Hedwigia Moss Description
Hedwigia moss is an evergreen moss that grows up to 1" (2.5 cm) tall and 1' (30 cm) wide. Its stems range in color from red to brown and are terete and black hair-like rhizoids; they're widely scattered, ascending, or upright. Stem dichotomy commonly develops following the formation of reproductive organs.
Leaves are evenly distributed throughout the stems.
Individual leaves are 1.5–2 mm long, lanceolate-ovate, and toothless along the margins; their bases are securely clamped to the stems, and their points are narrowly sharp, sometimes extending into awn-like spikes. They're also concave-convex, recurved, and sometimes incurved.
Lower leaf margins are considerably revolved (rolled downward), while the edges of the middle to upper leaves are mildly revolved to flat.
Moist leaves extend 45°–75° away from the stems, whereas dry leaves are straight or appressed. Also, moist leaves are green or yellow-green when damp, becoming grayish-green and pallid when dry.
The tips of the leaves are translucent-white due to the absence of chlorophyll. Nonetheless, the whole leaves turn translucent-white as they age and wither before falling off the stems.
The preferred conditions include sun to moderate shade, dry to moist conditions, and rocky material or acidic rock substrates. Still, the moss may withstand limestone or dolomite with a higher pH. It may also adapt to various surfaces, including roofing materials, logs, and barren soil.
This moss is more sun and drought-tolerant than most moss species, making it an excellent choice for green rooftops and rock gardens.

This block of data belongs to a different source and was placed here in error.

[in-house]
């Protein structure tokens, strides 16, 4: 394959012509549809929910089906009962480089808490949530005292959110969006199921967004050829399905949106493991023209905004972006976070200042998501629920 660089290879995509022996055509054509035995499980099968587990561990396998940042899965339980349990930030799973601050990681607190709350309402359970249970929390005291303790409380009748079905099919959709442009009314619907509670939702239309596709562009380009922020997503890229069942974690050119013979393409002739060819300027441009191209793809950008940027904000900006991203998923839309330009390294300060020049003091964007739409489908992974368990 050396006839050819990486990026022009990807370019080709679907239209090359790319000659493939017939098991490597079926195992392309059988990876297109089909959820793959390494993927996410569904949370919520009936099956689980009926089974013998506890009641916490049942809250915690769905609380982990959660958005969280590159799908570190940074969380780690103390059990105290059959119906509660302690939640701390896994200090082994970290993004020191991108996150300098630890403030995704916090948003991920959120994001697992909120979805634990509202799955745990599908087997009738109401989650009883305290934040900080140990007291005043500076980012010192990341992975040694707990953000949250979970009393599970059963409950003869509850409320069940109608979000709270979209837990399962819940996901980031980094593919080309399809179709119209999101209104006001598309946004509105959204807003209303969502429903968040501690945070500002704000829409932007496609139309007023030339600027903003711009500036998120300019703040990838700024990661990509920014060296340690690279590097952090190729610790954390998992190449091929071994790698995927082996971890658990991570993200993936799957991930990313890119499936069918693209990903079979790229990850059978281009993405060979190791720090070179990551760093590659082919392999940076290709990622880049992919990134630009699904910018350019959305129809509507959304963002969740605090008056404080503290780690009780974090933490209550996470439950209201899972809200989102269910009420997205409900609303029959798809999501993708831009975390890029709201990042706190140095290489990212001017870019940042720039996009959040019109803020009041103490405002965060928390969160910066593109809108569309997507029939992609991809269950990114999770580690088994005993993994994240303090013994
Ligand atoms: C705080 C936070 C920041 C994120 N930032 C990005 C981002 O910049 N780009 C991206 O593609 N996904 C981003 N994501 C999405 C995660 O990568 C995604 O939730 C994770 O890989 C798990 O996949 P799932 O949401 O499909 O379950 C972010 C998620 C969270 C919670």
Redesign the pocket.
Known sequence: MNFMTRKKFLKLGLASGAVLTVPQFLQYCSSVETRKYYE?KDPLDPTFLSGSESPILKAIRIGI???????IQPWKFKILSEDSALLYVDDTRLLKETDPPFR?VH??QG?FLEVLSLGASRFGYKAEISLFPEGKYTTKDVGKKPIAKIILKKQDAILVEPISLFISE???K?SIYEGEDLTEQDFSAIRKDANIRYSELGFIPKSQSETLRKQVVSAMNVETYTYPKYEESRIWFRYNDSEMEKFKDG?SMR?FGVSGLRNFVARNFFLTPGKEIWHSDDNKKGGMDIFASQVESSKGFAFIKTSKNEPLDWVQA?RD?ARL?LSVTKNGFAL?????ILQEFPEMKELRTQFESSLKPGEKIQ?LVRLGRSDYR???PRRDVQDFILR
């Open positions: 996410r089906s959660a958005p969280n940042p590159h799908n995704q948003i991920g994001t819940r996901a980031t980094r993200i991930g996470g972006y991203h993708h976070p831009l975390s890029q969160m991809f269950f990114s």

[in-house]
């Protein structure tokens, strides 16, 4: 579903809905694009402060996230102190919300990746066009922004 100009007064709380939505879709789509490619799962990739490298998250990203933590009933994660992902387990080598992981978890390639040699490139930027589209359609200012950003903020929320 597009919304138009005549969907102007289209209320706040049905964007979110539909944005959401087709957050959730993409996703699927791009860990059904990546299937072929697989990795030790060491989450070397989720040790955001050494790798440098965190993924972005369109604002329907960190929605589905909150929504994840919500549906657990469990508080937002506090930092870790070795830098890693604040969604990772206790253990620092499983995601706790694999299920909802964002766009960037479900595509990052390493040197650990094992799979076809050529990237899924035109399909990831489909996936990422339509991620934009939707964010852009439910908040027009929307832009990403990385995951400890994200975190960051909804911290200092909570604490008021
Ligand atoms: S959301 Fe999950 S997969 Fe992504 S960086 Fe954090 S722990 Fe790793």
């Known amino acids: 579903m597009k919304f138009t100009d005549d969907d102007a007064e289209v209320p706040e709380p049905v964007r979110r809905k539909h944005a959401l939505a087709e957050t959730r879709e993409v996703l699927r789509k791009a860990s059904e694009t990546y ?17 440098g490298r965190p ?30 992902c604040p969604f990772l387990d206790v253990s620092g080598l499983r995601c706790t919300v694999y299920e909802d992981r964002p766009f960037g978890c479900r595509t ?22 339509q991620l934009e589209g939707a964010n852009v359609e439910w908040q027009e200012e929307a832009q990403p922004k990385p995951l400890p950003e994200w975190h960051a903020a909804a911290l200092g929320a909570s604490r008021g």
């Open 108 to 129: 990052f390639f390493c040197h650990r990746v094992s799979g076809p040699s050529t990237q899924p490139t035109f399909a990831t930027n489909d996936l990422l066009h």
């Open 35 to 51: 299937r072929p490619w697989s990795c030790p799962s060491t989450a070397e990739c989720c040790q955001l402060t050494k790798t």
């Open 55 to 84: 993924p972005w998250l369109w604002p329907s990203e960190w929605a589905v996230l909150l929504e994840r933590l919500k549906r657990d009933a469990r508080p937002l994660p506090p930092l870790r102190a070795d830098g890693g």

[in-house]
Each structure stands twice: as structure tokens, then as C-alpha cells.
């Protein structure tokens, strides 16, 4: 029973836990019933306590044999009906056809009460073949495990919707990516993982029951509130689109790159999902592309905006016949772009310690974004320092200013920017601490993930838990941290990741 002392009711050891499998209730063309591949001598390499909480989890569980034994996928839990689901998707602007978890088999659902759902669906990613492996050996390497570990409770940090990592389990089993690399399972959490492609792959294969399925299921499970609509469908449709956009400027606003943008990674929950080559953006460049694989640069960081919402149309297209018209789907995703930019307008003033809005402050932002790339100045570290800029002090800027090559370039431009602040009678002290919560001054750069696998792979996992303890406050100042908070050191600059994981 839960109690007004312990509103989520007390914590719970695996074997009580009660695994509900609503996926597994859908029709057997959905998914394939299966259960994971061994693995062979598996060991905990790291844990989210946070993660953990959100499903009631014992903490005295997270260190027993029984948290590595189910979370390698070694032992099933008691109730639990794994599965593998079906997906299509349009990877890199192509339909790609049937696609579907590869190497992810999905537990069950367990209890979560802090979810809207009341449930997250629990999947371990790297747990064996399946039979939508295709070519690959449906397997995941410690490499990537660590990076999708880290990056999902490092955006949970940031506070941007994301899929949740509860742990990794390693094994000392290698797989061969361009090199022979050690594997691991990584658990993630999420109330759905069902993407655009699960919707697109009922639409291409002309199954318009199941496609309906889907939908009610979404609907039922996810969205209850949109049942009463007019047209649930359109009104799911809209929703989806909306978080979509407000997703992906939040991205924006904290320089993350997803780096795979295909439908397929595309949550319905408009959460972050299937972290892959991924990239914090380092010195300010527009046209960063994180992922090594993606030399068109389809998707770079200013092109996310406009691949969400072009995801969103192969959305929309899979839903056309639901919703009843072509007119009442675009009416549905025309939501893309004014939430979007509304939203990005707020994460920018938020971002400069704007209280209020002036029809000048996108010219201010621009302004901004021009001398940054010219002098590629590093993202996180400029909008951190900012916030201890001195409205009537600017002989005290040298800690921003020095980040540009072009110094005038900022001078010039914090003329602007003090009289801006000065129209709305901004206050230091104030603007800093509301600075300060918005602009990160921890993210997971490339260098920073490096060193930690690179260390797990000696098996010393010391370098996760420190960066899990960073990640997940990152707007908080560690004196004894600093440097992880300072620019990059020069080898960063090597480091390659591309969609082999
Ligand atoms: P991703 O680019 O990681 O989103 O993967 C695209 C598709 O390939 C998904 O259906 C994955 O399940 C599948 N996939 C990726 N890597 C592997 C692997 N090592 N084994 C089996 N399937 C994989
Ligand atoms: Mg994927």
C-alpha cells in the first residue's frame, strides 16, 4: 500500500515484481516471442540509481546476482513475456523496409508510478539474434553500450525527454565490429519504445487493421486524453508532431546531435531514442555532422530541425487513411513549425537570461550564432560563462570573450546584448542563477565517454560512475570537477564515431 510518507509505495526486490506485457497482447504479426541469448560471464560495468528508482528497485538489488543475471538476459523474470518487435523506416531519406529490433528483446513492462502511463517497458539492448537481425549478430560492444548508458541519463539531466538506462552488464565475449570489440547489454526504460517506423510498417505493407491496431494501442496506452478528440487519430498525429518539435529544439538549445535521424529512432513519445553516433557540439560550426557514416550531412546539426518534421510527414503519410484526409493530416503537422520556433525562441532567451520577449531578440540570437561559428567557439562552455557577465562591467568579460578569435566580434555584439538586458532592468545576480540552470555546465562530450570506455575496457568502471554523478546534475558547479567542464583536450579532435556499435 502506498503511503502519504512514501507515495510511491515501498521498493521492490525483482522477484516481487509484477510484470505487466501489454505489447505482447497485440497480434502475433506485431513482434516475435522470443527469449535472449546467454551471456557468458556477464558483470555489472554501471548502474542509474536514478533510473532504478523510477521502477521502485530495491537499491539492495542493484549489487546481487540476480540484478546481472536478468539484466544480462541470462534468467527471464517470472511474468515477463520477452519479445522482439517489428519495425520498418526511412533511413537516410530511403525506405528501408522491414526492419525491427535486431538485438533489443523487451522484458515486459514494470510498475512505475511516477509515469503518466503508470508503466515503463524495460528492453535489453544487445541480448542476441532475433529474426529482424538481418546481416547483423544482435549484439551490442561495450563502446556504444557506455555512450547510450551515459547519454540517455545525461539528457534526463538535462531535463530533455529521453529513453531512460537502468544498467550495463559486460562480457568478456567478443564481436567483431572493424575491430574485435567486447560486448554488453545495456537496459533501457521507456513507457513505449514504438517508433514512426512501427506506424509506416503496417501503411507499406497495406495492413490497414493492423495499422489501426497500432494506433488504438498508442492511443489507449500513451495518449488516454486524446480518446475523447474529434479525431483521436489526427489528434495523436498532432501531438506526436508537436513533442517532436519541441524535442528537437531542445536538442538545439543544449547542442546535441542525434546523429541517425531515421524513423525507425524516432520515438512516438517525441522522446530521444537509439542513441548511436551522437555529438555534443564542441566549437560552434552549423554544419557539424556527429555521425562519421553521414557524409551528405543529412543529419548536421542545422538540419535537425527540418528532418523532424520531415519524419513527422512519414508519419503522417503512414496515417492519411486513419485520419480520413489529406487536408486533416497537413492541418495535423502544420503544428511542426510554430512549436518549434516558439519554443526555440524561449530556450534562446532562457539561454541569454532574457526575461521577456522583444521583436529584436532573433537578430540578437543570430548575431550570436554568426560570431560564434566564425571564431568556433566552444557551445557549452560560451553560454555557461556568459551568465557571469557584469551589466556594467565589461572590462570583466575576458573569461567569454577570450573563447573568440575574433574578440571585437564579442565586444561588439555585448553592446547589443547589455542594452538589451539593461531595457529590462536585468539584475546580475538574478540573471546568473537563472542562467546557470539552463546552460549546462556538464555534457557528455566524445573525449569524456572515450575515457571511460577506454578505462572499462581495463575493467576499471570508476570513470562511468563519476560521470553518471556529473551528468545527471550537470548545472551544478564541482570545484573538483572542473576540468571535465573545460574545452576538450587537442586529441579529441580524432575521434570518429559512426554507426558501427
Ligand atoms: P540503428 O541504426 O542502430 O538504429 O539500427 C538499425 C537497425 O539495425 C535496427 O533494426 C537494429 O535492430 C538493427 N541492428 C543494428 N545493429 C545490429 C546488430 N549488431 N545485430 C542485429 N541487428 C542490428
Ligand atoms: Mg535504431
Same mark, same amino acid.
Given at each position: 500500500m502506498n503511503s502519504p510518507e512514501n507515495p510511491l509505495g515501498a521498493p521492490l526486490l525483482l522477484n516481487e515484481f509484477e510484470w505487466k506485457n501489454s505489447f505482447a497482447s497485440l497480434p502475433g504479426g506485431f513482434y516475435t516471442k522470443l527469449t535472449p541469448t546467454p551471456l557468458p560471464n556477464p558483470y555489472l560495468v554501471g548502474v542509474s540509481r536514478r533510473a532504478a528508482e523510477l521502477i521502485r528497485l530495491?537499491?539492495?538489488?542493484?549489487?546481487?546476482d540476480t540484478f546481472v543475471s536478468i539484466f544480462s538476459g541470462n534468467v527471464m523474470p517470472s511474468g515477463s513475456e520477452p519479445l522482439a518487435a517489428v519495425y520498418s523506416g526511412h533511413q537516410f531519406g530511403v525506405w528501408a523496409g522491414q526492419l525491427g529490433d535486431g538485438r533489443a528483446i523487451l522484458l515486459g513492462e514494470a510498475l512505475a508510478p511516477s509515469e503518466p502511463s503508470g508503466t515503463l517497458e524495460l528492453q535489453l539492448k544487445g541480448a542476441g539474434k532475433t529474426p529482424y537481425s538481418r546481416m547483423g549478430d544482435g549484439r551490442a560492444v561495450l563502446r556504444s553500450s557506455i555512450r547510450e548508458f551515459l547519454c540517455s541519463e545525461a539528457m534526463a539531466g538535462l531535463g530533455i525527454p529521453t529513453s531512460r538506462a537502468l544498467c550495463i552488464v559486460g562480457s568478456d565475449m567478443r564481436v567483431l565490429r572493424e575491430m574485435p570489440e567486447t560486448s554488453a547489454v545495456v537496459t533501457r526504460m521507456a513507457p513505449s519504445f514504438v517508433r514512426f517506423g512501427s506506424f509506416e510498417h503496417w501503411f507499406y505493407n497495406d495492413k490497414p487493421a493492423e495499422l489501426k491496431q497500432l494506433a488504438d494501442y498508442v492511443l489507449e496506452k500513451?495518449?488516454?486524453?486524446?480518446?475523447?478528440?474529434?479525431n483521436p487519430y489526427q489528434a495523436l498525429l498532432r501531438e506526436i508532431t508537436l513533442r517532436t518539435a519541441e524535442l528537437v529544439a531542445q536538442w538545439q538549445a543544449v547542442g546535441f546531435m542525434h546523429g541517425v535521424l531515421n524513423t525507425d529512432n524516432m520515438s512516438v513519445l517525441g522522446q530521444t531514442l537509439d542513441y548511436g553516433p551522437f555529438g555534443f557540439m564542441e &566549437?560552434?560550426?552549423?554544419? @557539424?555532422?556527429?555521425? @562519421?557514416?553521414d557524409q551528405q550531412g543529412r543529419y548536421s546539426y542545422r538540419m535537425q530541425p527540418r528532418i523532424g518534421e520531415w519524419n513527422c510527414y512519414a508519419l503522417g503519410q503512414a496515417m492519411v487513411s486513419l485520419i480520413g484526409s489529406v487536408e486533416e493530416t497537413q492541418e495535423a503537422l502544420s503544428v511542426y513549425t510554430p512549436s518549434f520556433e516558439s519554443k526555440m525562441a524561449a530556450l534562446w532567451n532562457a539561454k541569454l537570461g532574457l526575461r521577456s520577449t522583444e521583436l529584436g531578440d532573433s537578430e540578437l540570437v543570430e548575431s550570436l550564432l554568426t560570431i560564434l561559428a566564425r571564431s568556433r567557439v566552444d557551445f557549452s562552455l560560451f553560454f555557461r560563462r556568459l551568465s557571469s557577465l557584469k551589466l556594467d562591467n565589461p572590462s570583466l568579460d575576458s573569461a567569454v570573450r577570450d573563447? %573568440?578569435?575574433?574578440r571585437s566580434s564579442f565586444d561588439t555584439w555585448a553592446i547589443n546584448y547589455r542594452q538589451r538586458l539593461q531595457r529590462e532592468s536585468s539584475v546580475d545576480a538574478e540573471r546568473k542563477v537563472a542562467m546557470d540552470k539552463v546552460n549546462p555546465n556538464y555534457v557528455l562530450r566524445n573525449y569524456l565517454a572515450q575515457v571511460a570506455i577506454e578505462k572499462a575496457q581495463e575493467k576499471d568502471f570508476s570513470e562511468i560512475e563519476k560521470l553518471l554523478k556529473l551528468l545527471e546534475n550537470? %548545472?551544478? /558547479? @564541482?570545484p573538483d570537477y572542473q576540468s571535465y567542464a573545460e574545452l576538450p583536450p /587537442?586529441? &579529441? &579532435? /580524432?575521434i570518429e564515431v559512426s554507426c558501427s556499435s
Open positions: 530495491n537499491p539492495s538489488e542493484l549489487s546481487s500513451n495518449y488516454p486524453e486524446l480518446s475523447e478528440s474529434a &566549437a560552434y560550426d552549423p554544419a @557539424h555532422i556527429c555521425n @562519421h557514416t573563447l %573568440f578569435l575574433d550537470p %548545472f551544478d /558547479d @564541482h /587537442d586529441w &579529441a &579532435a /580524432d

Range and habitat
The native, White-tipped Moss (Hedwigia Ciliata) is found in the northeast, east-central, and southern parts of Illinois but is scarce or nonexistent elsewhere in Illinois. This moss is found worldwide, including in Africa, North America, Australia, South America, and Eurasia.
Habitats in Illinois include sandstone bluffs and canyon walls, rocky ridges, limestone rocks' faces, woodland ravine's steep slopes, woodland trails' rocks and boulders, creeks' steep banks, pond rocks, sandstone glades, bare rocky hills, and churches or other properties' old stone walls.
This moss loves acidic rocks in upland open forests or inside gorges, but it also thrives on hard, gritty surfaces in cities and surrounding environments.
The appearance of this moss varies according to the degree of translucent whiteness towards the tips of its leaves and the presence or absence of noticeable white bristles at the tips of its leaves. In eastern North America, this moss has leaves with a little translucent white area near the leaf tip and few or no bristles. However, as the leaves wilt, they grow more white-translucent.
The hedwigia moss can be differentiated from other similar mosses by their white-tipped and occasionally bristly leaves, lack of midribs, revolute margins, minute bumpiness of their leaf cells, and sessile or almost sessile globoid spore capsules. In addition, unlike many other mosses, they like to grow on relatively dry and open rocks, including rooftops.